I felt stupid because prior to hiring, I’d known about multiple integrity issues: gossiping and divulging personal information about employees, close friends, and other clients.
I felt stupid because I knew of people who had worked with the person, but hadn’t elected to re-hire, and I’d never investigated why.
I felt stupid because mid-way through the project I knew that the pace wasn’t really working, and had brought this up, but had decided to believe them when they said, “No, no, this is all normal, don’t worry.” Even though everything in me said, “This doesn’t feel right,” I subverted my own intuition.
I knew all of that, yet continued on with the hiring and then the submitting of payments.
Who had made the choice to hire someone who had shown these issues? Me. Who had elected to continue submitting payments to someone even when I wasn’t happy with the work? Me.
That’s…kind of stupid.
Now, here’s the thing: what’s not mine is the lack of integrity. What’s not mine is the inability to deliver on the results they were selling.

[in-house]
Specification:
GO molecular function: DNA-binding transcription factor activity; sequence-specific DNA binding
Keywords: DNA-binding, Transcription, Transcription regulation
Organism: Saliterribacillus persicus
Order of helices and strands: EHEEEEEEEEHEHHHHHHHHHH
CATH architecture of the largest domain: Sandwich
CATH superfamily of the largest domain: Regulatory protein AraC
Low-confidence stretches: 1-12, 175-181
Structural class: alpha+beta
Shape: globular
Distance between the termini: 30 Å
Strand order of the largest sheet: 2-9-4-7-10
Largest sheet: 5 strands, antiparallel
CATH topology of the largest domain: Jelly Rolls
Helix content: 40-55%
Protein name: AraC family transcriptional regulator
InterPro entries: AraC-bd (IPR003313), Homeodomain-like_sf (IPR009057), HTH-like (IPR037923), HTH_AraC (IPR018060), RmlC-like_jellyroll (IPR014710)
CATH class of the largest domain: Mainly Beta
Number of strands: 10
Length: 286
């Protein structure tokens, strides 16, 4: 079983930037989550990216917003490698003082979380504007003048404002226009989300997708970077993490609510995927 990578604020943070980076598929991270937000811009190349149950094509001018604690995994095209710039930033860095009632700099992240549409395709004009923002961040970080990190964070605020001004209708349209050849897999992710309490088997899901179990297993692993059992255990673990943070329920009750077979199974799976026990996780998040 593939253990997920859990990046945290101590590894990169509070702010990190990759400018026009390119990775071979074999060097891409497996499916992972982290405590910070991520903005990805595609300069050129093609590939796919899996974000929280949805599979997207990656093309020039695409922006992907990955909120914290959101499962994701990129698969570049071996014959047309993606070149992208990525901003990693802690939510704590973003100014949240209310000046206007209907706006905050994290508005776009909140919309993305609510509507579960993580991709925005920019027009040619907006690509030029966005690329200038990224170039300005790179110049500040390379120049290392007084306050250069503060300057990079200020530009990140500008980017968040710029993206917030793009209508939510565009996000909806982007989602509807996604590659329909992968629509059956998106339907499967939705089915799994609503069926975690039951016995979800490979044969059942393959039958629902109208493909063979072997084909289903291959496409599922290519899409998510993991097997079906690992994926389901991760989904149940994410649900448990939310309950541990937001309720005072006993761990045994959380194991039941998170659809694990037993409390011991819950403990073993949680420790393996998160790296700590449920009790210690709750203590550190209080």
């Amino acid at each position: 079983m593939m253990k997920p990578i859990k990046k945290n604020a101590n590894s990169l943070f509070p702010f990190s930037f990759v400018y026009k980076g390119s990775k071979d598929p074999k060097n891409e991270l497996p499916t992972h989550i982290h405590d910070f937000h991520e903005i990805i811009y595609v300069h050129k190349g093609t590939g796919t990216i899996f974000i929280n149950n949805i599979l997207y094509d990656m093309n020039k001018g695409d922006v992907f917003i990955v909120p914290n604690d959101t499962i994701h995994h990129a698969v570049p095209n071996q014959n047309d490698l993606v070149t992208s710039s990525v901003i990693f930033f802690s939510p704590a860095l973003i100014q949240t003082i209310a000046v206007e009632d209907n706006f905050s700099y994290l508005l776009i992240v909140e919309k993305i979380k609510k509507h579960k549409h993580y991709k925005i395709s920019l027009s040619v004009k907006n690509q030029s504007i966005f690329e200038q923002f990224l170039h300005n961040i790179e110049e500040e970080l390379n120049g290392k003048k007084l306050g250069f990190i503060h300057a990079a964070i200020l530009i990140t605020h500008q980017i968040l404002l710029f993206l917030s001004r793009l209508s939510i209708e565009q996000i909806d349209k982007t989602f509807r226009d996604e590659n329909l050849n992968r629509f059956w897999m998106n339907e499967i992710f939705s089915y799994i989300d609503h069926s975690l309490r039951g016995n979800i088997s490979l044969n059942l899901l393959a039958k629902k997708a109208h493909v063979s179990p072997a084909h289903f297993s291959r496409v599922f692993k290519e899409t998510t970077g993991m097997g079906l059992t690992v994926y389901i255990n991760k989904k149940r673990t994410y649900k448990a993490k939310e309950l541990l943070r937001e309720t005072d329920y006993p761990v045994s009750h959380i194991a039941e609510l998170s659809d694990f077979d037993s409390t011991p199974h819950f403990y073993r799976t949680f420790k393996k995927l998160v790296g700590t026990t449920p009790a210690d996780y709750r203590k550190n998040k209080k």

When you choose to take radical responsibility, you acknowledge what’s not yours–but ultimately, you keep the focus on what is yours. Why? Because that’s where you’ll find peace (after feeling distinctly uncomfortable)
Radical Responsibility is Courageous
That’s why taking radical responsibility is courageous: you might see some things that are hard to see about yourself, and feel the discomfort of that. When I asked myself the simple question, “What are the red flags that I ignored?” the evidence that this hadn’t been a good idea was overwhelming. I had been making certifiably stupid choices, starting with the fact that things hadn’t felt right in my body, and I’d ignored that fact.
It’s hard to feel stupid.